Note that the communications can be intra host process as well as inter host process. In other words, we are referring to communications between processes which may be on the same or different machines. One advantage of using the queues for intra host communications is that all messages are persistent regardless of whether any of the processes that are a party to the communications continues to be active or terminates. That is, the messages do not go away with the termination of a process on a connected host processor. In other words, it allows the communication of messages between processes to be asynchronous.
FIG. 5 shows a typical sequence of steps for sending a message to a queue. The sending process first issues an open-- queue instruction identifying the queue to which the message is to be sent (step 300). This opens the identified queue in the data storage system so that a message can be added to the queue. Next, the accessing process issues an enqueue instruction to add a message to the tail of the open queue (step 302). The process uses a separate enqueue instruction for each message that is to be added to the open queue. When all of the messages have been appended to the queue, the process issues a close-- queue instruction to release the queue for use by another process (step 304).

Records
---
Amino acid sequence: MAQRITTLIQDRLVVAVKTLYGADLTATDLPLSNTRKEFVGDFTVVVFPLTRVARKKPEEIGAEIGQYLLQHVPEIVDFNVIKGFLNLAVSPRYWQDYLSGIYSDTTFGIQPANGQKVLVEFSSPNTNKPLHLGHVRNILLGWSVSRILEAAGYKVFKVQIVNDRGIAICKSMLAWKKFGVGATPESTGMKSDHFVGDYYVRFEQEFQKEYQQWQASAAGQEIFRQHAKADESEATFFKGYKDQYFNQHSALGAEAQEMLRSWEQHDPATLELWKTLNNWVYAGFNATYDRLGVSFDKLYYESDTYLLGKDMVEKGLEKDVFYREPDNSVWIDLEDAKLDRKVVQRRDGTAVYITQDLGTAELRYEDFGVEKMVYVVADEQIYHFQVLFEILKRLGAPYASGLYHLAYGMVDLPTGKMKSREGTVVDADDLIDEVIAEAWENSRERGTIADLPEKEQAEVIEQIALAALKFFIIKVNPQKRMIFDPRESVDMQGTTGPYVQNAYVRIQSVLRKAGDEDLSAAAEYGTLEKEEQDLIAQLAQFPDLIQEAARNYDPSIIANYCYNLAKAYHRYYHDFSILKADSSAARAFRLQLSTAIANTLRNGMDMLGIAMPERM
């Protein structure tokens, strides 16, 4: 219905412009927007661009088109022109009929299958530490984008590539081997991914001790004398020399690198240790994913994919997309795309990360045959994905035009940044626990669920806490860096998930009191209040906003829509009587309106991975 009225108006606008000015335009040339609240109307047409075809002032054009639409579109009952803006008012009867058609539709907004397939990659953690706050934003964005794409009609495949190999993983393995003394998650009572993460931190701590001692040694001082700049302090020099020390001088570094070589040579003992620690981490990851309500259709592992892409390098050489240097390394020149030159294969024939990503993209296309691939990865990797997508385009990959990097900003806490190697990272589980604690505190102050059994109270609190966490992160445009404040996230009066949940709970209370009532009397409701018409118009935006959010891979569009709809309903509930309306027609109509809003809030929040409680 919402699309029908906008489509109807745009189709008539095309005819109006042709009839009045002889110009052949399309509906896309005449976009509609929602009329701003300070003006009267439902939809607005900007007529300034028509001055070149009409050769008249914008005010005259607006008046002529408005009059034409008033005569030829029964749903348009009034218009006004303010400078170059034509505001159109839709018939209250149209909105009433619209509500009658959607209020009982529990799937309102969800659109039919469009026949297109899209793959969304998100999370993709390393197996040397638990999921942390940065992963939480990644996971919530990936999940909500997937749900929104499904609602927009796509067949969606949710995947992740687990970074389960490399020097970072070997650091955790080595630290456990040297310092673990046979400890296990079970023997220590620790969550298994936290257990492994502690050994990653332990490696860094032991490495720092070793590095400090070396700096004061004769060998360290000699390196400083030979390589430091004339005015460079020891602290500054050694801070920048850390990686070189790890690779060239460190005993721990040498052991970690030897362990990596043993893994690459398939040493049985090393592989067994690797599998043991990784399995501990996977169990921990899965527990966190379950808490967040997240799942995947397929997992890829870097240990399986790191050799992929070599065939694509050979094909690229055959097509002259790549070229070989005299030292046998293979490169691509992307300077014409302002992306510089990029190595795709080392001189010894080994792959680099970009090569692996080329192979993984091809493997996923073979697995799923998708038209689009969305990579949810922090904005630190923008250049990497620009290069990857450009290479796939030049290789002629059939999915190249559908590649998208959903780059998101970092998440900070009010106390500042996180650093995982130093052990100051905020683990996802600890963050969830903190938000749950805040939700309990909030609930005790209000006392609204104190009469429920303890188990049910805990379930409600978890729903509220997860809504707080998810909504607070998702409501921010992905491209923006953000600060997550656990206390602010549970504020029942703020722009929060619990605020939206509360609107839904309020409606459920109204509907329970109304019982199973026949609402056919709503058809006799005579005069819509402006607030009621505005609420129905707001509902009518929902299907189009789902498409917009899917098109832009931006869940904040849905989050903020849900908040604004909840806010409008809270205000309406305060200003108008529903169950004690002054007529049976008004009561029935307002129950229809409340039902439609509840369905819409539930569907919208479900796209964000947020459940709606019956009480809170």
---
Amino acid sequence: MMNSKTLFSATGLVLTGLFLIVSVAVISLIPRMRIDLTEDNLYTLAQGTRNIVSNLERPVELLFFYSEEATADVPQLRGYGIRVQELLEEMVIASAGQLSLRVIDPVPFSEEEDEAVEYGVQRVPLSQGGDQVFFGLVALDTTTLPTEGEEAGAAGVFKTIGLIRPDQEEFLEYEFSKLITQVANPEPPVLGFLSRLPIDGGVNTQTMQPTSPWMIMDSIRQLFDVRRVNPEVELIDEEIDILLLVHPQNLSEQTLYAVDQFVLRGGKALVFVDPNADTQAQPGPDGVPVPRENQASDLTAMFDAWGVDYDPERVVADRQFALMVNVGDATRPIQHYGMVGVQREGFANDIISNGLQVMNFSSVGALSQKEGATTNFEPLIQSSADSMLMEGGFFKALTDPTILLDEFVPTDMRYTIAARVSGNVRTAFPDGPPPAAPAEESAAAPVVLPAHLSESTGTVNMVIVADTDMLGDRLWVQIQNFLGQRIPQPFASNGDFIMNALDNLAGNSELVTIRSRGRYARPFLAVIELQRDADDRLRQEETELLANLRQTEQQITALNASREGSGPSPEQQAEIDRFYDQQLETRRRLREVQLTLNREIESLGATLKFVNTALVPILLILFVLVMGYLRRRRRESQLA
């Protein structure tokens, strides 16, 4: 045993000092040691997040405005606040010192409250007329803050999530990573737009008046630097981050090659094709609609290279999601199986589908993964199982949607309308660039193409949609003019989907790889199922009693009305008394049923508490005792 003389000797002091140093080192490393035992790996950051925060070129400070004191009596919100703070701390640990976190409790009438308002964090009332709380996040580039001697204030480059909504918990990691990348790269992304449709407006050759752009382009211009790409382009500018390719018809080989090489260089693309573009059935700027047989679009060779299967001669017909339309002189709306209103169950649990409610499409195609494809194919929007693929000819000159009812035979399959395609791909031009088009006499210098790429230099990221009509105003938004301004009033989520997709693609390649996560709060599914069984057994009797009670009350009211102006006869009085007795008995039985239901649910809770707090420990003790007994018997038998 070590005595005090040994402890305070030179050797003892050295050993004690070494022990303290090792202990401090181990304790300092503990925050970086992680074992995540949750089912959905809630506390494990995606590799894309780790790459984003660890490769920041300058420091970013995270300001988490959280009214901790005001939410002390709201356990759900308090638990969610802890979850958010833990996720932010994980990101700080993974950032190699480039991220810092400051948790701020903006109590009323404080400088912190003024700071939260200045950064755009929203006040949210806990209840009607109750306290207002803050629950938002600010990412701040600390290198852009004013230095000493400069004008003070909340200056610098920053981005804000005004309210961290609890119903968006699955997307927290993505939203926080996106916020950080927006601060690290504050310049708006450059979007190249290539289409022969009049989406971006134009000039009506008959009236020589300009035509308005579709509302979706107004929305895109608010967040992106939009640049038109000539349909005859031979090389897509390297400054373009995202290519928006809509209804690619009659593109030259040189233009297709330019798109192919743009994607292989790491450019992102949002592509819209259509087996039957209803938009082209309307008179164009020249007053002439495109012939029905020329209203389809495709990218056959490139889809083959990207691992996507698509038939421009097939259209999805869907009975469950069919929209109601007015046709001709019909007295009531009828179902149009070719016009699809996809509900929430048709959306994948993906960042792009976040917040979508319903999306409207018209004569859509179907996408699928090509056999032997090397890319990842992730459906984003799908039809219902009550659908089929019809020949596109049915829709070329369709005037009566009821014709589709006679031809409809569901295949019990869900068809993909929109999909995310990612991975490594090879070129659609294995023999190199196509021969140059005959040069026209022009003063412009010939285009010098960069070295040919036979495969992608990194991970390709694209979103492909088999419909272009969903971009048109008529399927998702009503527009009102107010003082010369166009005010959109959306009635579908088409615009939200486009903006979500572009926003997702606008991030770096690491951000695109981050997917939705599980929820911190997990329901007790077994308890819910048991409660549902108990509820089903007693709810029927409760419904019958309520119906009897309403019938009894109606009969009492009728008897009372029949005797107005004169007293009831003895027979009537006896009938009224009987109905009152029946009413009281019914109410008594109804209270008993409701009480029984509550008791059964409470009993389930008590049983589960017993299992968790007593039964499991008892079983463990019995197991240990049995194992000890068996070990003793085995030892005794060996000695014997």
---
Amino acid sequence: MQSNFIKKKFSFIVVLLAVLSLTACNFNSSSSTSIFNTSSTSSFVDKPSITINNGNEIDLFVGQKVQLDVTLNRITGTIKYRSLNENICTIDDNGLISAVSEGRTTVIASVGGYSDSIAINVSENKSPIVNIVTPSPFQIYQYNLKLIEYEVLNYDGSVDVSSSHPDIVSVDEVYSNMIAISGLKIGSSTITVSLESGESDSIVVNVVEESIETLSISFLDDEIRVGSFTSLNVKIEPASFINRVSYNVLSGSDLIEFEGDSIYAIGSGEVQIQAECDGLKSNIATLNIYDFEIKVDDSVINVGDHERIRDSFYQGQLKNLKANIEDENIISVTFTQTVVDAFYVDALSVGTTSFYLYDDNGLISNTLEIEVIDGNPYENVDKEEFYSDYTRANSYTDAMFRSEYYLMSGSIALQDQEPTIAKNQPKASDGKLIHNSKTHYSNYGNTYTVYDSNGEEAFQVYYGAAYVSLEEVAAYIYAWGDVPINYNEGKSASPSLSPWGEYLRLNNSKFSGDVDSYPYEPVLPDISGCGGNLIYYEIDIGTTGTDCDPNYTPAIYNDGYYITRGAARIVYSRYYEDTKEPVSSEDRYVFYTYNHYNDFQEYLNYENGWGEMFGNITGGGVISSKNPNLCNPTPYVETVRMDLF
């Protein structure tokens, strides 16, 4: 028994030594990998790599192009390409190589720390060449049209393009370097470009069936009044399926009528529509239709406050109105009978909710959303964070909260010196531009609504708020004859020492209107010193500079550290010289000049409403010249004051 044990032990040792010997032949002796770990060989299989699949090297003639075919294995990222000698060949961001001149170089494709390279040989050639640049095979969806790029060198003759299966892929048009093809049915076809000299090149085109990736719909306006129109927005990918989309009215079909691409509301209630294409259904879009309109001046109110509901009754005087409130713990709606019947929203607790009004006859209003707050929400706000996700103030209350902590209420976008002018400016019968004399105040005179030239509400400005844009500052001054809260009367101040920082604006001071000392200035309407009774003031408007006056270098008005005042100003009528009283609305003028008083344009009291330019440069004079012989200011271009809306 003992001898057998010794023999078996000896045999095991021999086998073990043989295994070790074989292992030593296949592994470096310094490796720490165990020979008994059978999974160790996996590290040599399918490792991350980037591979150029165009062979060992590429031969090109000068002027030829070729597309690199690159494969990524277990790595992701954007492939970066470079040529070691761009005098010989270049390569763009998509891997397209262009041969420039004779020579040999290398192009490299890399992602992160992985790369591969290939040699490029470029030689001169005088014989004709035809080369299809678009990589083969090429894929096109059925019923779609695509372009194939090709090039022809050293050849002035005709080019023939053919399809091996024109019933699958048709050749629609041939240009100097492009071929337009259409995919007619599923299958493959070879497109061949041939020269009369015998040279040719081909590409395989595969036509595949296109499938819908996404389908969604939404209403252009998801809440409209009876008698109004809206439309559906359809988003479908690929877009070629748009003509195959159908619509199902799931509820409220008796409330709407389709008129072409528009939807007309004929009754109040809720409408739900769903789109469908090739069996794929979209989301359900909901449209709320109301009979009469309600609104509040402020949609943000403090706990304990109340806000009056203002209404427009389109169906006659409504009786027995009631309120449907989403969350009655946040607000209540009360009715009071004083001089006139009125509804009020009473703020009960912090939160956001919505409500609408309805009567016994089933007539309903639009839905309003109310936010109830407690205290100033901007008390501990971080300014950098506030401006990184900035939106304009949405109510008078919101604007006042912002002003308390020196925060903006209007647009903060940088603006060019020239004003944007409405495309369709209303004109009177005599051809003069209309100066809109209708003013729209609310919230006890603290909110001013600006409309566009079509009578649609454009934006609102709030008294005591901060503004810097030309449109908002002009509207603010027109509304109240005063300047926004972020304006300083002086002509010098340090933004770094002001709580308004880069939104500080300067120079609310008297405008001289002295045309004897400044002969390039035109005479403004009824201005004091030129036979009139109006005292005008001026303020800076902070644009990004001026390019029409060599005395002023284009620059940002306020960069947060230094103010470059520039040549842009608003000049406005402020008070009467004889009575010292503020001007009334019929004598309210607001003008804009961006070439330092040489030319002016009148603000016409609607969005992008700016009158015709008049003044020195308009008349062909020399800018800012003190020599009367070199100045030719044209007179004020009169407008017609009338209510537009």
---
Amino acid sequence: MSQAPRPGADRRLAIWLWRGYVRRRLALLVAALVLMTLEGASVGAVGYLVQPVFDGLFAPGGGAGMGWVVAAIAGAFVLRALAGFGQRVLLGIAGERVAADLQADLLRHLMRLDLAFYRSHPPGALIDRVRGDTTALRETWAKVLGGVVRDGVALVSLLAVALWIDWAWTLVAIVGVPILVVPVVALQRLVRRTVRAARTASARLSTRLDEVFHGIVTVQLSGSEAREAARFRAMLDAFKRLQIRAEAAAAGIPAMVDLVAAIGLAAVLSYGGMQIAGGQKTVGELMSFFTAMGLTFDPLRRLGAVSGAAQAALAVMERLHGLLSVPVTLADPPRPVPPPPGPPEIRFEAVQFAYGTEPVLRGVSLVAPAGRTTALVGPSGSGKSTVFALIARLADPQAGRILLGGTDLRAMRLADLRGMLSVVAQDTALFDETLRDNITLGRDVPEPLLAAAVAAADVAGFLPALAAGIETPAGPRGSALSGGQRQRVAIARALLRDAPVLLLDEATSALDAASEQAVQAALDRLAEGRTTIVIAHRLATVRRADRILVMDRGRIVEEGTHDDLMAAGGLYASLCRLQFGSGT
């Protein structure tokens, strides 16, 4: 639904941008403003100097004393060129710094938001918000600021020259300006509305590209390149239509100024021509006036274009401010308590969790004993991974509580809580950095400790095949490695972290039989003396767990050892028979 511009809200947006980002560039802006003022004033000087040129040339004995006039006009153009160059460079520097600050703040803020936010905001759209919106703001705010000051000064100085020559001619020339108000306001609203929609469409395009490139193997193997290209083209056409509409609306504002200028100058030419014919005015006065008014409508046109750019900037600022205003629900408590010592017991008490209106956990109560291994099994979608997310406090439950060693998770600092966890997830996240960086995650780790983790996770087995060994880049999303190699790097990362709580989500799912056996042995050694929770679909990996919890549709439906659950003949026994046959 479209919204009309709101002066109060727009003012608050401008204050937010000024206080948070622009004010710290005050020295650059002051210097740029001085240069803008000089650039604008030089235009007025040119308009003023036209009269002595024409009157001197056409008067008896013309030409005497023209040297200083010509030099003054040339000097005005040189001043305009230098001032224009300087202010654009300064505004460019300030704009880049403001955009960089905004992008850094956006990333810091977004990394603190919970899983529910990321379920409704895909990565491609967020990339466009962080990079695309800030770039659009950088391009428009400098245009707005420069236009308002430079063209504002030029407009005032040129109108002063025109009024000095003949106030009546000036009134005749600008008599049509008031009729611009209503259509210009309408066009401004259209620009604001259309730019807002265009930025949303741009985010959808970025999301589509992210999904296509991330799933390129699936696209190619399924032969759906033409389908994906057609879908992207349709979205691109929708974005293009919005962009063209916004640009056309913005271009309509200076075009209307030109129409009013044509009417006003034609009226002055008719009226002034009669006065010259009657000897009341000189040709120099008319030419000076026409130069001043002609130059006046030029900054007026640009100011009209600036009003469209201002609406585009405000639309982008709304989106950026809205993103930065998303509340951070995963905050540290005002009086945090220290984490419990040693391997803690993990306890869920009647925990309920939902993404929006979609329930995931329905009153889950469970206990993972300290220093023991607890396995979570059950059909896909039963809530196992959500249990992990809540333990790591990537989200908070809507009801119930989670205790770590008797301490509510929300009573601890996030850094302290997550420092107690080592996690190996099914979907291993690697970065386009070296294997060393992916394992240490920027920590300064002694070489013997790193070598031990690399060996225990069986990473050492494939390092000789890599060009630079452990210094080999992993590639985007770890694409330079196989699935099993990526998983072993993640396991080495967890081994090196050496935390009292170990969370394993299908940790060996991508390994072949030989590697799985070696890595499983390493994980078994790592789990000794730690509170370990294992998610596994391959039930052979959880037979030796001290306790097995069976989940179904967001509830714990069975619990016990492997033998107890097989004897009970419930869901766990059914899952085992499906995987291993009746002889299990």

Referring to FIG. 6, a similar sequence of operations is performed when a process retrieves stored messages from a queue. First, the process issues an open-- queue instruction to get access to the queue containing the messages that are to be retrieved (step 310). Then, using a dequeue instruction, the process retrieves a message from the open queue (step 312). This is repeated for each message that is retrieved (step 314). To release the queue, the process issues a close-- queue instruction (step 316).